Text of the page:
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Fancy

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Angel
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Source: Dr. Ralph Moss, The Moss Reports

http://www.cancerdecisions.com
red accents are mine

NEW STUDY CLARIFIES ROLE OF ANTIOXIDANTS DURING RADIATION TREATMENT

An important paper on the interaction of antioxidants and radiation therapy was recently published in the International Journal of Cancer. Interestingly, despite the significance of its findings, this study has received virtually zero attention from the scientific community or the media.

As background, in April 2005, Isabelle Bairati, MD, PhD, and her colleagues at the Hôtel-Dieu de Québec Research Centre and the Université Laval completed a ten-year study on the interaction of antioxidants and radiation therapy. This was hailed as the first placebo-controlled, double-blind, randomized trial assessing the effect of supplementation with antioxidant vitamins during radiation therapy. The study concluded that supplements of synthetic beta-carotene (30 mg per day) or alpha tocopherol (400 IU per day) had a harmful effect on cancer patients. In particular, the authors claimed that the cancer recurrence rate was 40 percent higher among patients who had been randomly assigned to the supplementation arm of the trial. They therefore called on patients and physicians to exert caution in using antioxidants until new evidence could be provided by future trials.

Kedar Prasad, PhD, and other proponents of the concurrent use of antioxidants during cancer treatment criticized the Bairati paper. They were disappointed that Bairati and colleagues had used ordinary alpha tocopherol as their choice of vitamin E when Prasad's previous work had shown that it was not just alpha tocopherol but alpha tocopherol succinate that had the anticancer efficacy. They also felt that natural forms of the vitamin were more effective than synthetic, drug store-type vitamins. But, by and large, the medical world accepted the Bairati trial as definitive proof that antioxidants interfered with radiation therapy. Word spread like wildfire in oncology circles, confirming a long-held belief that antioxidants interfered with standard cancer treatments such as radiation and chemotherapy. The take away message, as stated in a Université Laval press release, was that "Supplements May Speed Up Development of Cancer." Advocates of complementary and alternative medicine (CAM) were confounded by this large and impressive study.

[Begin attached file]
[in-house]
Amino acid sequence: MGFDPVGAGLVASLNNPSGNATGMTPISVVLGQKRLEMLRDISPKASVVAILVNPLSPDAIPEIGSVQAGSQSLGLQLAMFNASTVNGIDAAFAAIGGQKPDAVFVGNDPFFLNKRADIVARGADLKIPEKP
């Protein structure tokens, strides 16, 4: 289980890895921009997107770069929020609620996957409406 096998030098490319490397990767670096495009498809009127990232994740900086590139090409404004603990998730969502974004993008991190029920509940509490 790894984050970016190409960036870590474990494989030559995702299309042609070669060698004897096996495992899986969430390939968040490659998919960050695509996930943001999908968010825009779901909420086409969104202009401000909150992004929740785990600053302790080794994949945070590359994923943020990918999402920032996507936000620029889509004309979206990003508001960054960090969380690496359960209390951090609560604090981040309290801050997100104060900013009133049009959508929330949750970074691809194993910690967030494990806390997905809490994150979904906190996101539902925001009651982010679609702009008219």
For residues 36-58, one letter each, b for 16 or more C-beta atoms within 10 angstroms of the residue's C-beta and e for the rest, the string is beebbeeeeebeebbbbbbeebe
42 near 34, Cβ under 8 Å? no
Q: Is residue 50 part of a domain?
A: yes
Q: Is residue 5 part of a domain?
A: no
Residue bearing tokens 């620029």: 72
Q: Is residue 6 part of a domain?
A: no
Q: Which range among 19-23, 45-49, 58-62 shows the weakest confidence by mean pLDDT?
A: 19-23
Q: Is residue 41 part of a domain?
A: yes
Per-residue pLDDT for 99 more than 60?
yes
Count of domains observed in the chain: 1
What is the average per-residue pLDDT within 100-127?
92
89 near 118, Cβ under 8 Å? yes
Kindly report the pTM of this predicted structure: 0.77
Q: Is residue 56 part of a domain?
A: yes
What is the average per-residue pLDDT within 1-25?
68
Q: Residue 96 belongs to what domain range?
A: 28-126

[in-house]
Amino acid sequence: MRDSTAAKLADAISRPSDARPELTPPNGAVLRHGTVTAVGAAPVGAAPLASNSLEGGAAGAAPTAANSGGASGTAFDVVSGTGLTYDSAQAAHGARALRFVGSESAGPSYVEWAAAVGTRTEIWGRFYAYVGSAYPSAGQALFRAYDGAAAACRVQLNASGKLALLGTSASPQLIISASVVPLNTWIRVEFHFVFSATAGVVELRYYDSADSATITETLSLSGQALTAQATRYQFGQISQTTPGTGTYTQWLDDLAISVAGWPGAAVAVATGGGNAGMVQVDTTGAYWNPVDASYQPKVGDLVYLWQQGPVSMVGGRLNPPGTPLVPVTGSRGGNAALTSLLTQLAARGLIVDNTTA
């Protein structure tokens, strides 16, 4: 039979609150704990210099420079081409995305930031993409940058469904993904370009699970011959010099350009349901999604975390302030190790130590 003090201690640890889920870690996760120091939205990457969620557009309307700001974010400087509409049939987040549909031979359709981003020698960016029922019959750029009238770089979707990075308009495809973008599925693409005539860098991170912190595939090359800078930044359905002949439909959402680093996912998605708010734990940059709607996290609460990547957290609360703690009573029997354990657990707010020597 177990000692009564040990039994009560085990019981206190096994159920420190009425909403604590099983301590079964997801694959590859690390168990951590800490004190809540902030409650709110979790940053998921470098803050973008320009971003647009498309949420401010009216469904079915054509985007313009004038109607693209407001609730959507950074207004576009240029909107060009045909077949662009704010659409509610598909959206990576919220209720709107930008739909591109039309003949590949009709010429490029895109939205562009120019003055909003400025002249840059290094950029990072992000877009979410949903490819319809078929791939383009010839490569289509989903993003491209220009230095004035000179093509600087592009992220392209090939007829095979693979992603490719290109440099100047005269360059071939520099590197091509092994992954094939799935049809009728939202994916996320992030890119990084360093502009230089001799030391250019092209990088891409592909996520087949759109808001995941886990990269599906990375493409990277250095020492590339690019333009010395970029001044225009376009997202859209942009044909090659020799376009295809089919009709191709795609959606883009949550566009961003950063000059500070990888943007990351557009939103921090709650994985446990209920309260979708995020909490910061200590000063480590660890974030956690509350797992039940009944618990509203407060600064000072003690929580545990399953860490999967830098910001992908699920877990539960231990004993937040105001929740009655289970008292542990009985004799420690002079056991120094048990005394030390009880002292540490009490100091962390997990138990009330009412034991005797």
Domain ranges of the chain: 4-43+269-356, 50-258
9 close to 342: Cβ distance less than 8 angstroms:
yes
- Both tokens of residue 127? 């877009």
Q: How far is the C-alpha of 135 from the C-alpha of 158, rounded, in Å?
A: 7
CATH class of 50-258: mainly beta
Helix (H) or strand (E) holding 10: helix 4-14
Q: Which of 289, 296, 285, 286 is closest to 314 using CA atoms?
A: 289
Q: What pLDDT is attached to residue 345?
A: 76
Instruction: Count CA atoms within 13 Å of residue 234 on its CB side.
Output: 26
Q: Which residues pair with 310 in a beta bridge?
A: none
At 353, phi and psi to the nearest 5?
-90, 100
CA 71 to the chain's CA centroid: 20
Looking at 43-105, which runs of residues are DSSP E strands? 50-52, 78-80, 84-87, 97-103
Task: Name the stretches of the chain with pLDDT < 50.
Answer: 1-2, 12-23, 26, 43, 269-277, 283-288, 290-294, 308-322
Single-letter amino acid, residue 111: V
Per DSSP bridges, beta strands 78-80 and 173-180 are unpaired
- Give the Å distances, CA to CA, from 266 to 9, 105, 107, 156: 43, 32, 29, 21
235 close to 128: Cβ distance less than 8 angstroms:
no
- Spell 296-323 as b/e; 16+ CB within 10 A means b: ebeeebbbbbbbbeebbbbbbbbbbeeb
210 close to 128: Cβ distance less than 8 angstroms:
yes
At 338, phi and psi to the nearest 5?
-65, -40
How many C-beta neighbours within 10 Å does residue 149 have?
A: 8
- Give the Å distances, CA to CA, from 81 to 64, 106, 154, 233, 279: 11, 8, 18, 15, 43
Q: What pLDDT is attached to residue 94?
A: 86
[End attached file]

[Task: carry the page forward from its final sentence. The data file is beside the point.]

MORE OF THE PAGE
But now the other shoe has dropped.

In December 2007, Dr. Bairati and her Québec colleagues published a major modification of their previous conclusions. Further analysis revealed, they said, that the danger of synthetic antioxidants was limited to one particular sub-population: cigarette smokers - specifically, those who continued to smoke during radiation treatment. The authors analyzed the outcome in 540 patients who had been given radiation for head and neck cancers. During the follow-up period, 119 patients had a recurrence of their disease and 179 died. Smokers were the group with the worst prognosis. However, astonishingly, smoking in the period leading up to or following radiation therapy did not modify the effects of the two supplements. It was only smoking during the course of radiation therapy that led to a statistically significant increase in the risk of a recurrence. It was a large enough increase to skew the statistics for the group as a whole, leading to the erroneous conclusion that antioxidants interfered with radiotherapy in the general patient population.

Statistically, increased risk is generally expressed as a "hazard ratio" (abbreviated HR). In this study, current smokers had an HR of 2.41 for recurrence, in other words more than double the chance of a recurrence compared to the rest of the patient population. The HR for death from any cause was a similar 2.26. But the hazard ratio for dying of their initial head and neck cancer was a whopping 3.38 in patients who got radiation, smoked and also received a single synthetic antioxidant.

"These results could best be explained by the hypothesis that the combined exposures reduced the efficacy of radiation therapy," Bairati and her colleagues now say. "Particular attention should be devoted to prevent patients from both smoking and taking antioxidant supplements during radiation therapy" (Meyer 2007).